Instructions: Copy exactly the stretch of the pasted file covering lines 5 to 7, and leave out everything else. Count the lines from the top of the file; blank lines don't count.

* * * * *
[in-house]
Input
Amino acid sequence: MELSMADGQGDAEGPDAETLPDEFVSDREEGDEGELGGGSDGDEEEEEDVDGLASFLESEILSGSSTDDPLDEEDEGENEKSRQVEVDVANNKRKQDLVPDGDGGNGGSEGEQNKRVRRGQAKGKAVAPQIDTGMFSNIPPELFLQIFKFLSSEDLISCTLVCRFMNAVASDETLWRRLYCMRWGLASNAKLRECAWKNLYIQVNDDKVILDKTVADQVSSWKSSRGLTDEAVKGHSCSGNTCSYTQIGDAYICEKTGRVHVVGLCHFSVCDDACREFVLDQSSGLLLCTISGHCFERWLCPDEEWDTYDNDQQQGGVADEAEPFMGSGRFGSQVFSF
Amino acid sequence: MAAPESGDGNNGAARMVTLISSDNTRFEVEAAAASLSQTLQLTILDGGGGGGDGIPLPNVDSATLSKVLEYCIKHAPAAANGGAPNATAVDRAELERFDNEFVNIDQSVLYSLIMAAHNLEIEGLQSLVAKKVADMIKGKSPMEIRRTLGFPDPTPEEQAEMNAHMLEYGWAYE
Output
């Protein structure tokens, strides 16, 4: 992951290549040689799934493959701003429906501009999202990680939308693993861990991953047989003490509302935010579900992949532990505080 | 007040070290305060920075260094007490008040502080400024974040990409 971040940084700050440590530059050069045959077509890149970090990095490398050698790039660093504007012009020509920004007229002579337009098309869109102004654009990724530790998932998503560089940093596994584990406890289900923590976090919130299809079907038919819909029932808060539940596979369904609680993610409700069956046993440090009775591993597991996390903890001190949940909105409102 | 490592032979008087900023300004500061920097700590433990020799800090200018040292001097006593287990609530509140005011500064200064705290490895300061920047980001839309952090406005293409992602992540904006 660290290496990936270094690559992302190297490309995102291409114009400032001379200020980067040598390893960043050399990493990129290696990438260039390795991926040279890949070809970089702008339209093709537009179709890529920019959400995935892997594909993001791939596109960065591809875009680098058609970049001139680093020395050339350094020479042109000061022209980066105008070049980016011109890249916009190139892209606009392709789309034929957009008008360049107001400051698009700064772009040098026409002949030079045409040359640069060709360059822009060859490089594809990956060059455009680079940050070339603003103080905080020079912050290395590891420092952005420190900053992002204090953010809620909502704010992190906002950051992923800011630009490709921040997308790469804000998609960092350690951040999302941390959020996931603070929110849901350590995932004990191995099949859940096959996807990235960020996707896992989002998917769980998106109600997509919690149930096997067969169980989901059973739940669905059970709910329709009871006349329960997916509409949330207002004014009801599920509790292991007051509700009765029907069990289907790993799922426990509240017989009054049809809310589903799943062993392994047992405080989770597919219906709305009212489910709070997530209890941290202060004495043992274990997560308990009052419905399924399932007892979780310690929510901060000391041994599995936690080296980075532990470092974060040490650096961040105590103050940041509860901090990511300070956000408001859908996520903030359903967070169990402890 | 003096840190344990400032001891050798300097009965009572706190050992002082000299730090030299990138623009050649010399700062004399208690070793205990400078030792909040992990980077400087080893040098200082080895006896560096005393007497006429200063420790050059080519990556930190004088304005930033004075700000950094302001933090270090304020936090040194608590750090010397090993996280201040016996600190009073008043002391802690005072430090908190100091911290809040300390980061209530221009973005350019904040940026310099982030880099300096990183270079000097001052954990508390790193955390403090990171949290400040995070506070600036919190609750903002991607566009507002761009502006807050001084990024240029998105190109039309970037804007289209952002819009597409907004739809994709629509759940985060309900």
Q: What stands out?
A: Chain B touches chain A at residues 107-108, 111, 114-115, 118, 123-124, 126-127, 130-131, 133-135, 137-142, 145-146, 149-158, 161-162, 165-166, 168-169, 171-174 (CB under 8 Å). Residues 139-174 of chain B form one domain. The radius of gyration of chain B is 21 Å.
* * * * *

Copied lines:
Output
């Protein structure tokens, strides 16, 4: 992951290549040689799934493959701003429906501009999202990680939308693993861990991953047989003490509302935010579900992949532990505080 | 007040070290305060920075260094007490008040502080400024974040990409 971040940084700050440590530059050069045959077509890149970090990095490398050698790039660093504007012009020509920004007229002579337009098309869109102004654009990724530790998932998503560089940093596994584990406890289900923590976090919130299809079907038919819909029932808060539940596979369904609680993610409700069956046993440090009775591993597991996390903890001190949940909105409102 | 490592032979008087900023300004500061920097700590433990020799800090200018040292001097006593287990609530509140005011500064200064705290490895300061920047980001839309952090406005293409992602992540904006 660290290496990936270094690559992302190297490309995102291409114009400032001379200020980067040598390893960043050399990493990129290696990438260039390795991926040279890949070809970089702008339209093709537009179709890529920019959400995935892997594909993001791939596109960065591809875009680098058609970049001139680093020395050339350094020479042109000061022209980066105008070049980016011109890249916009190139892209606009392709789309034929957009008008360049107001400051698009700064772009040098026409002949030079045409040359640069060709360059822009060859490089594809990956060059455009680079940050070339603003103080905080020079912050290395590891420092952005420190900053992002204090953010809620909502704010992190906002950051992923800011630009490709921040997308790469804000998609960092350690951040999302941390959020996931603070929110849901350590995932004990191995099949859940096959996807990235960020996707896992989002998917769980998106109600997509919690149930096997067969169980989901059973739940669905059970709910329709009871006349329960997916509409949330207002004014009801599920509790292991007051509700009765029907069990289907790993799922426990509240017989009054049809809310589903799943062993392994047992405080989770597919219906709305009212489910709070997530209890941290202060004495043992274990997560308990009052419905399924399932007892979780310690929510901060000391041994599995936690080296980075532990470092974060040490650096961040105590103050940041509860901090990511300070956000408001859908996520903030359903967070169990402890 | 003096840190344990400032001891050798300097009965009572706190050992002082000299730090030299990138623009050649010399700062004399208690070793205990400078030792909040992990980077400087080893040098200082080895006896560096005393007497006429200063420790050059080519990556930190004088304005930033004075700000950094302001933090270090304020936090040194608590750090010397090993996280201040016996600190009073008043002391802690005072430090908190100091911290809040300390980061209530221009973005350019904040940026310099982030880099300096990183270079000097001052954990508390790193955390403090990171949290400040995070506070600036919190609750903002991607566009507002761009502006807050001084990024240029998105190109039309970037804007289209952002819009597409907004739809994709629509759940985060309900």
Q: What stands out?